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Synopsis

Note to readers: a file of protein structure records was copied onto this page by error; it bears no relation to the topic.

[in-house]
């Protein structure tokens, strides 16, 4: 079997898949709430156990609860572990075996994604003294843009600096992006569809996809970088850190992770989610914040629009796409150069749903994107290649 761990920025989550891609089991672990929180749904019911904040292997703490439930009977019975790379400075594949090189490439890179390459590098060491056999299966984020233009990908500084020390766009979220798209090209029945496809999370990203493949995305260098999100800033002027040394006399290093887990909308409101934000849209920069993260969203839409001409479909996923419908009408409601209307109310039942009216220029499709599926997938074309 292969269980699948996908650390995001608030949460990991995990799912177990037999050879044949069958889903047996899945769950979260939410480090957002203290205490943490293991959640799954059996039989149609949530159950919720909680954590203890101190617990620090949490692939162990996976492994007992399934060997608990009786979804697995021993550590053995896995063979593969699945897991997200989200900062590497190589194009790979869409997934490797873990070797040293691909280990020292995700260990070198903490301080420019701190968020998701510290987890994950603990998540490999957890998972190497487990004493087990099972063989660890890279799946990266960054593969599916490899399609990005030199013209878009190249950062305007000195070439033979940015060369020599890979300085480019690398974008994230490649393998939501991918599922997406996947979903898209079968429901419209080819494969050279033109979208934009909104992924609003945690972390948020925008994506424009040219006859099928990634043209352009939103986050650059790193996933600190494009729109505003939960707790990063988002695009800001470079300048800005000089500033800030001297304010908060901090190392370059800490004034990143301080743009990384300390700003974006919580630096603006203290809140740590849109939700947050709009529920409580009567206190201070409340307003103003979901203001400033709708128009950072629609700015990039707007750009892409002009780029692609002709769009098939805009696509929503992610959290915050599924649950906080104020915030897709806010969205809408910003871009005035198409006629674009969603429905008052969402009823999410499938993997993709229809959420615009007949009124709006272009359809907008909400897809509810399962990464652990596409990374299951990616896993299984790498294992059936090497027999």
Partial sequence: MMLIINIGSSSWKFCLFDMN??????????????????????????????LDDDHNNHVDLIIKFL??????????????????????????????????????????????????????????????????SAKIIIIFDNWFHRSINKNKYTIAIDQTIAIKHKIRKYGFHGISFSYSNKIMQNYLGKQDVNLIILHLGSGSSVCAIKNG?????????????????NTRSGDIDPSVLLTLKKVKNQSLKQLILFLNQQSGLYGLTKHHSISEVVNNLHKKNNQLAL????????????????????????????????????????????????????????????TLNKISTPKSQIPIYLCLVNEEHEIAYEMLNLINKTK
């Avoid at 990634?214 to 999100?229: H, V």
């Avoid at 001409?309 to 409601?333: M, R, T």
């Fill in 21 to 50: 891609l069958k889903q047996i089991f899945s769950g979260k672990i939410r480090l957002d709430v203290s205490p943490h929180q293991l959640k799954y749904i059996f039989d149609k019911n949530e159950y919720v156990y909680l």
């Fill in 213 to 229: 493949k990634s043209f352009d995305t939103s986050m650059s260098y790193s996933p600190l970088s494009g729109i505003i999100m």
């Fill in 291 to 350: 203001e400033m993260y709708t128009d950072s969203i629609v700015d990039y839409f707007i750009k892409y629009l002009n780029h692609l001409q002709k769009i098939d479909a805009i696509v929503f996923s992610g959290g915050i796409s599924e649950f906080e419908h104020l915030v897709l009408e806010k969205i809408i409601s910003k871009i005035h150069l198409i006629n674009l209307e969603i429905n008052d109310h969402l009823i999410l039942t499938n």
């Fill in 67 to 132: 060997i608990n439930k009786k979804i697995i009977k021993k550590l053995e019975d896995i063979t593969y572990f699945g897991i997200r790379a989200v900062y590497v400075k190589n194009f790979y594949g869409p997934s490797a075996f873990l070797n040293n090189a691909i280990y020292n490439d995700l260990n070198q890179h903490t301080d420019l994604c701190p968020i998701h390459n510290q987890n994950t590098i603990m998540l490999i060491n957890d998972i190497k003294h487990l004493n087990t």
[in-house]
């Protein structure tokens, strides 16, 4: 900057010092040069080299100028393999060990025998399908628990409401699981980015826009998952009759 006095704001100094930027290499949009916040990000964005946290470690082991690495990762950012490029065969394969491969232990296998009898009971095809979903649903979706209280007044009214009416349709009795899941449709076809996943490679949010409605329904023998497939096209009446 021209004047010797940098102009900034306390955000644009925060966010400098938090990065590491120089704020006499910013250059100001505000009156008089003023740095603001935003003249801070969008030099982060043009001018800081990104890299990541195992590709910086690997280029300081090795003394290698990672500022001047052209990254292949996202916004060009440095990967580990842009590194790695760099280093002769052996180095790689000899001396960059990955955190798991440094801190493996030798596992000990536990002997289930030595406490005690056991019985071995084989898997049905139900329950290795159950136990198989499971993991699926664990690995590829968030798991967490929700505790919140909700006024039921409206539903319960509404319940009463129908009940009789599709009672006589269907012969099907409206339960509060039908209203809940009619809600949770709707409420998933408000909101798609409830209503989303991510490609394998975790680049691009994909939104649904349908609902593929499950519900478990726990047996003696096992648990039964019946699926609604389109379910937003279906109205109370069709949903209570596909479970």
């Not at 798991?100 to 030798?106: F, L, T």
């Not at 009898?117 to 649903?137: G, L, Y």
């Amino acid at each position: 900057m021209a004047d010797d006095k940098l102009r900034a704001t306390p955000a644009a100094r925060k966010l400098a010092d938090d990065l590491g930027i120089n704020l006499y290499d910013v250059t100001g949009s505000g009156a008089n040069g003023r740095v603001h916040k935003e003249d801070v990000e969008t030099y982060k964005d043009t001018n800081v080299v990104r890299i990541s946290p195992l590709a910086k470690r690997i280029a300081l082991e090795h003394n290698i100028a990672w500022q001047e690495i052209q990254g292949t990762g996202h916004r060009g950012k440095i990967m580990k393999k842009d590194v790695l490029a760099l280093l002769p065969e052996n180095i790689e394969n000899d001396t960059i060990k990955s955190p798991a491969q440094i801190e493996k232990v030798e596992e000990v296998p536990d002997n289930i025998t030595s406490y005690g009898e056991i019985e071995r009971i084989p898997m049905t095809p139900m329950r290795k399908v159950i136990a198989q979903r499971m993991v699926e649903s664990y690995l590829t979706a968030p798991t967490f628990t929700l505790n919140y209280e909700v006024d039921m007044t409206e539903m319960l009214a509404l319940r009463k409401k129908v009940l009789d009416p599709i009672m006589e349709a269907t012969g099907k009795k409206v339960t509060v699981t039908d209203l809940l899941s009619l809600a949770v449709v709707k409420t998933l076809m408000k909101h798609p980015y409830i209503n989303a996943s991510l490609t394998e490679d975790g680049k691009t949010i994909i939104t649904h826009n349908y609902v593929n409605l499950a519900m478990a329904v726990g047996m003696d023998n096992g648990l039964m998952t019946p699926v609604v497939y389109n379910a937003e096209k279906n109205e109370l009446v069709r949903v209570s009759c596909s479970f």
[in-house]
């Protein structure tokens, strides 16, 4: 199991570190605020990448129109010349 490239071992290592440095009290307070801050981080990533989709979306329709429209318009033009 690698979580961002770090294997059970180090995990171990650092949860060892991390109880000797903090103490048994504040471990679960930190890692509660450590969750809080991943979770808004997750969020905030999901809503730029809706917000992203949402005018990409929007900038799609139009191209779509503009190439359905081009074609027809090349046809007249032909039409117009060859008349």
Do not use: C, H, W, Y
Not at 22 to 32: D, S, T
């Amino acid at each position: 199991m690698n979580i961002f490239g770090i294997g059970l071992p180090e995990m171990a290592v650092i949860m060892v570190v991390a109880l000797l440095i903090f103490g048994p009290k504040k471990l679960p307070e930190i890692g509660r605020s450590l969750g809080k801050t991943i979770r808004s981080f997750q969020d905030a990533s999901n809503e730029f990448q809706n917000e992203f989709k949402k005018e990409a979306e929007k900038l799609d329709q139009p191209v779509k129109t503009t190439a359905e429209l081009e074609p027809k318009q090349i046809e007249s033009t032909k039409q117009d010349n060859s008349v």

Blaise Pascal (June 19, 1623 August 19, 1662), was a French mathematician, physicist, inventor, writer and Catholic philosopher. He was a child prodigy who was educated by his father, a tax collector in Rouen. Pascal's earliest work was in the natural and applied sciences where he made important contributions to the study of fluids, and clarified the concepts of pressure and vacuum by generalizing the work of Evangelista Torricelli. Pascal also wrote in defense of the scientific method.Pascal's most influential theological work, known as Pascals Pensées ("Thoughts"), was not completed before his death. It was supposed to be a look into (and ultimately a defense of) Christianity, with the original title being Apologie de la religion Chrétienne ("Defense of the Christian Religion"). But upon his death, what was found upon sifting through his personal items after his death were numerous scraps of paper with isolated thoughts. The first version of the detached notes appeared in print as a book in 1670 titled Pensées de M. Pascal sur la religion, et sur quelques autres sujets ("Thoughts of M. Pascal on religion, and on some other subjects") and soon thereafter became a classic. Despite the disorganized nature of it, Pascal's Pensées is widely considered to be a masterpiece, and it is hailed as a landmark in French prose. This edition of Pascals Minor Works is illustrated and includes a Table of Contents for easier navigation.

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